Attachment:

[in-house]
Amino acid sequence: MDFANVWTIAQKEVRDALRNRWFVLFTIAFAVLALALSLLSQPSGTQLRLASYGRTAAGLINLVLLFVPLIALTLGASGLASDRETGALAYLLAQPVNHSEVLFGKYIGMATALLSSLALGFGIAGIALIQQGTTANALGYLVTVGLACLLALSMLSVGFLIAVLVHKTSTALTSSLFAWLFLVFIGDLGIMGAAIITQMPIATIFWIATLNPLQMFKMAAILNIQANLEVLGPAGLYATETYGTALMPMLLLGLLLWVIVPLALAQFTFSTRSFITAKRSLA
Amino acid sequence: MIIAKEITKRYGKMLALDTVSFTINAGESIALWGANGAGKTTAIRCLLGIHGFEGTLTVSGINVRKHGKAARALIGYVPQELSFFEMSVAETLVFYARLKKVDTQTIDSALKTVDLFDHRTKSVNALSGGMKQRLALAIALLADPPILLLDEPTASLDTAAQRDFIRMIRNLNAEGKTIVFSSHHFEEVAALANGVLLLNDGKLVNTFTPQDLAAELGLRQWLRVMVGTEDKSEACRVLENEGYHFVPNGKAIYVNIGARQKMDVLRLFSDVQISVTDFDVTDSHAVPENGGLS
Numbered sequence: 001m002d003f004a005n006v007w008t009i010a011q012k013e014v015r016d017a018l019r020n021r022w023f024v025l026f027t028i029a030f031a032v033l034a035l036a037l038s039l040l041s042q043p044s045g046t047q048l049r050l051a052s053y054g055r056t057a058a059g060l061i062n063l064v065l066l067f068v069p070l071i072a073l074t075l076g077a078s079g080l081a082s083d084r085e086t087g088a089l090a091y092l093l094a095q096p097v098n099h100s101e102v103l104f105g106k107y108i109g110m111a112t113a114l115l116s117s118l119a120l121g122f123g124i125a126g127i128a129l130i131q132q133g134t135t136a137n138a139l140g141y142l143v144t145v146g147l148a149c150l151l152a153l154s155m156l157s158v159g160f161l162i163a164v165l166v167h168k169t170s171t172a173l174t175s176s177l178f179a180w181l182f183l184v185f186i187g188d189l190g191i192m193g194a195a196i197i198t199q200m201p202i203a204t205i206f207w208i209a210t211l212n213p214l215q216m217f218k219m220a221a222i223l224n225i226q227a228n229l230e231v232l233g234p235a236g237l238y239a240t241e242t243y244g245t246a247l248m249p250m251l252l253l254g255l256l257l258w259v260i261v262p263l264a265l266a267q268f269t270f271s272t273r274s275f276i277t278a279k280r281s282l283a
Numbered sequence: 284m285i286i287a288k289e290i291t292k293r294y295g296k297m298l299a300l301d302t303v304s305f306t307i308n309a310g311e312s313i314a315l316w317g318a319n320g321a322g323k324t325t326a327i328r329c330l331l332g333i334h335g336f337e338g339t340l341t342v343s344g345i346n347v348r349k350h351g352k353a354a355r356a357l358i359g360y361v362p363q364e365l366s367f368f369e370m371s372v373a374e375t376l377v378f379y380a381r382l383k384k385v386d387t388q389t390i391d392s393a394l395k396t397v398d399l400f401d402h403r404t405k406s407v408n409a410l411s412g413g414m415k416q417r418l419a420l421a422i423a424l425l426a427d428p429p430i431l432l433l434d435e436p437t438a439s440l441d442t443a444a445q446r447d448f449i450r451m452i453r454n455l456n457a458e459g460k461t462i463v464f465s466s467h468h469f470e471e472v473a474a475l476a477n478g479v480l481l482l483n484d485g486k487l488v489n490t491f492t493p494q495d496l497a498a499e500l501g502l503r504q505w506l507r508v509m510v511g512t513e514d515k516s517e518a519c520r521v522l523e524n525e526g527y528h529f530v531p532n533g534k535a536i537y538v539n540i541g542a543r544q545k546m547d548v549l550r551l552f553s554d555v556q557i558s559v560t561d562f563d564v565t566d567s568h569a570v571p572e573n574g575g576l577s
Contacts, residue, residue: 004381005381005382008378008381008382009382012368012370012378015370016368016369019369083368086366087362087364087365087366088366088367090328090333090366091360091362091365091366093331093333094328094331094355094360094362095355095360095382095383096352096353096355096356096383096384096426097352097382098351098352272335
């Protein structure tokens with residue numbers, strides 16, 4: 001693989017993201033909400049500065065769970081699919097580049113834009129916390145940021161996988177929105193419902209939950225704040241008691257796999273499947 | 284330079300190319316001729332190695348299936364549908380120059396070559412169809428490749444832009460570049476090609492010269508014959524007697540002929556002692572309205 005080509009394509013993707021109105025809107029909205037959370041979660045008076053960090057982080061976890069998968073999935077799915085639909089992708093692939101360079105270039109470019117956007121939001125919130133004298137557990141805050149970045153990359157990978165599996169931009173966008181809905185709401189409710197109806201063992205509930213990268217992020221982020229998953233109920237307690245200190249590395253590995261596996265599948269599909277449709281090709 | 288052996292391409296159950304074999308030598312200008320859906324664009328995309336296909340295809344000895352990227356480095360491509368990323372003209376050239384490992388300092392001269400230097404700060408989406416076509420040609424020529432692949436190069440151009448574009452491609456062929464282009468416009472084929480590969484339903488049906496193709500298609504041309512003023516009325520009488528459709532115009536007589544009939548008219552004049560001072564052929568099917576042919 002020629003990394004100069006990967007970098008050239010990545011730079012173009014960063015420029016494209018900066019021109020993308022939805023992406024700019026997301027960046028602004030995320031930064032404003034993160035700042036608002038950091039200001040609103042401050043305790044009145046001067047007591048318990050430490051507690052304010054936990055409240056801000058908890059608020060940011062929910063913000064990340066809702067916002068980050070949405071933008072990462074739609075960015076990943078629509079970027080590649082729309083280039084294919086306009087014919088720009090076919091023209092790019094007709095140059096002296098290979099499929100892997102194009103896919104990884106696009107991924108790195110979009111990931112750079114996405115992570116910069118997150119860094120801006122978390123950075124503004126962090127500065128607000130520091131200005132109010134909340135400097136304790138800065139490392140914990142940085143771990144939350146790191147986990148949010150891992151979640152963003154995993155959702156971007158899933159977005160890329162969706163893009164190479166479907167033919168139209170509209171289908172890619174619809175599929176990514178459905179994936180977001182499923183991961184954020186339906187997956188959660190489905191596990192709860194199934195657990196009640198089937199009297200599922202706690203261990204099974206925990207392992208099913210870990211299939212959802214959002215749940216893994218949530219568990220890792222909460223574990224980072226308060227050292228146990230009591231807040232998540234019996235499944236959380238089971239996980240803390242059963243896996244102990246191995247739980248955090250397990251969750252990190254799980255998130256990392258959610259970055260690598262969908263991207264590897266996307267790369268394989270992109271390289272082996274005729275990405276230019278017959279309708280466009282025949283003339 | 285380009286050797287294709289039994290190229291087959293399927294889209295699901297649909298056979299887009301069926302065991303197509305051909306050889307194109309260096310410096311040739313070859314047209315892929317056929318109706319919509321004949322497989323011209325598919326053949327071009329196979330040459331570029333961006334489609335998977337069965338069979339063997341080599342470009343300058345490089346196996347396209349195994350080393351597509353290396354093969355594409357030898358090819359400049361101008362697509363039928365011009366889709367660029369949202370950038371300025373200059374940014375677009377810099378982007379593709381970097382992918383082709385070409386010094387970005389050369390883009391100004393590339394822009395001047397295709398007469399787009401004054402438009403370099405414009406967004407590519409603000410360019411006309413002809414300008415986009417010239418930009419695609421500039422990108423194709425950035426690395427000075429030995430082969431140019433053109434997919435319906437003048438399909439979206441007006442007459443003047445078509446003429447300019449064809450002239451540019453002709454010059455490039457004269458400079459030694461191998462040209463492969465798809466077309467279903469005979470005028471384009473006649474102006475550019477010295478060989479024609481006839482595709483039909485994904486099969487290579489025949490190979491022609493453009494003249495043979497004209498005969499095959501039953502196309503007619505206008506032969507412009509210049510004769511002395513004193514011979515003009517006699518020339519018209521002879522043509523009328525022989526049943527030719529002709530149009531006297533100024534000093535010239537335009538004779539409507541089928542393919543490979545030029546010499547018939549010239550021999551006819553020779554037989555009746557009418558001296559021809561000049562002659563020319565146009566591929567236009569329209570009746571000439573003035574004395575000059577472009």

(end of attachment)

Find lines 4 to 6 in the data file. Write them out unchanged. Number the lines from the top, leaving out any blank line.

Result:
Numbered sequence: 001m002d003f004a005n006v007w008t009i010a011q012k013e014v015r016d017a018l019r020n021r022w023f024v025l026f027t028i029a030f031a032v033l034a035l036a037l038s039l040l041s042q043p044s045g046t047q048l049r050l051a052s053y054g055r056t057a058a059g060l061i062n063l064v065l066l067f068v069p070l071i072a073l074t075l076g077a078s079g080l081a082s083d084r085e086t087g088a089l090a091y092l093l094a095q096p097v098n099h100s101e102v103l104f105g106k107y108i109g110m111a112t113a114l115l116s117s118l119a120l121g122f123g124i125a126g127i128a129l130i131q132q133g134t135t136a137n138a139l140g141y142l143v144t145v146g147l148a149c150l151l152a153l154s155m156l157s158v159g160f161l162i163a164v165l166v167h168k169t170s171t172a173l174t175s176s177l178f179a180w181l182f183l184v185f186i187g188d189l190g191i192m193g194a195a196i197i198t199q200m201p202i203a204t205i206f207w208i209a210t211l212n213p214l215q216m217f218k219m220a221a222i223l224n225i226q227a228n229l230e231v232l233g234p235a236g237l238y239a240t241e242t243y244g245t246a247l248m249p250m251l252l253l254g255l256l257l258w259v260i261v262p263l264a265l266a267q268f269t270f271s272t273r274s275f276i277t278a279k280r281s282l283a
Numbered sequence: 284m285i286i287a288k289e290i291t292k293r294y295g296k297m298l299a300l301d302t303v304s305f306t307i308n309a310g311e312s313i314a315l316w317g318a319n320g321a322g323k324t325t326a327i328r329c330l331l332g333i334h335g336f337e338g339t340l341t342v343s344g345i346n347v348r349k350h351g352k353a354a355r356a357l358i359g360y361v362p363q364e365l366s367f368f369e370m371s372v373a374e375t376l377v378f379y380a381r382l383k384k385v386d387t388q389t390i391d392s393a394l395k396t397v398d399l400f401d402h403r404t405k406s407v408n409a410l411s412g413g414m415k416q417r418l419a420l421a422i423a424l425l426a427d428p429p430i431l432l433l434d435e436p437t438a439s440l441d442t443a444a445q446r447d448f449i450r451m452i453r454n455l456n457a458e459g460k461t462i463v464f465s466s467h468h469f470e471e472v473a474a475l476a477n478g479v480l481l482l483n484d485g486k487l488v489n490t491f492t493p494q495d496l497a498a499e500l501g502l503r504q505w506l507r508v509m510v511g512t513e514d515k516s517e518a519c520r521v522l523e524n525e526g527y528h529f530v531p532n533g534k535a536i537y538v539n540i541g542a543r544q545k546m547d548v549l550r551l552f553s554d555v556q557i558s559v560t561d562f563d564v565t566d567s568h569a570v571p572e573n574g575g576l577s
Contacts, residue, residue: 004381005381005382008378008381008382009382012368012370012378015370016368016369019369083368086366087362087364087365087366088366088367090328090333090366091360091362091365091366093331093333094328094331094355094360094362095355095360095382095383096352096353096355096356096383096384096426097352097382098351098352272335